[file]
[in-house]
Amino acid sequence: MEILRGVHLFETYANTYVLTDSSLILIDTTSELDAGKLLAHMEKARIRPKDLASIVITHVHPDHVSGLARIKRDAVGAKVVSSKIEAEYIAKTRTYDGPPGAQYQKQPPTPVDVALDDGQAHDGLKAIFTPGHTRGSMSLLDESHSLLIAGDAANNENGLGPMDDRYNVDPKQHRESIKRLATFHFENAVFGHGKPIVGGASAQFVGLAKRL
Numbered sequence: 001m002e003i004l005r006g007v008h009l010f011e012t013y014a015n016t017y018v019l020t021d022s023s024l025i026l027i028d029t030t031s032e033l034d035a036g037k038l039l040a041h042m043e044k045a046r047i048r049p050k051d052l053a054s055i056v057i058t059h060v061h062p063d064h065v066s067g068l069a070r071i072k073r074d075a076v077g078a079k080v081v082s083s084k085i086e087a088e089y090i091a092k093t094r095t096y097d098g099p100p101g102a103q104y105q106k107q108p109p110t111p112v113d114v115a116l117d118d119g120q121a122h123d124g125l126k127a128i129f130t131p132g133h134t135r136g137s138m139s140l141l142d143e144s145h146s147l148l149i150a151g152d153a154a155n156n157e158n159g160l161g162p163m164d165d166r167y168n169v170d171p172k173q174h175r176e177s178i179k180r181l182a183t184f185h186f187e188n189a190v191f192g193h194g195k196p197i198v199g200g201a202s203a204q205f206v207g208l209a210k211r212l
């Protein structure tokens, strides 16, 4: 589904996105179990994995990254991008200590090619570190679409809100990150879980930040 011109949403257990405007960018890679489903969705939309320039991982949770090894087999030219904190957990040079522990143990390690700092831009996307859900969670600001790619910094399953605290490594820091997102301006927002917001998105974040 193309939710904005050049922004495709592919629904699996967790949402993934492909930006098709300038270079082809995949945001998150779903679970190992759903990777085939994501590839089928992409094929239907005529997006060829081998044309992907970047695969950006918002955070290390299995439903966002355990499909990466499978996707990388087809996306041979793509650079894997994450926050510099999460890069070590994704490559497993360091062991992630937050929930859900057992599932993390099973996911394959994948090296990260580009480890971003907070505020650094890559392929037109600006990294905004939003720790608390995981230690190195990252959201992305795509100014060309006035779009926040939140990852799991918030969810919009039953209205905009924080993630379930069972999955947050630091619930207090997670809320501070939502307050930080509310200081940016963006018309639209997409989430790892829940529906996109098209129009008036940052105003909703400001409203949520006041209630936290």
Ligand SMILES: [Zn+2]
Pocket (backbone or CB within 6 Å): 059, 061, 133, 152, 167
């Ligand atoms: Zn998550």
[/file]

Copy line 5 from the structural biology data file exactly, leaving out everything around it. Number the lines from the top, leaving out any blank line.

Ligand SMILES: [Zn+2]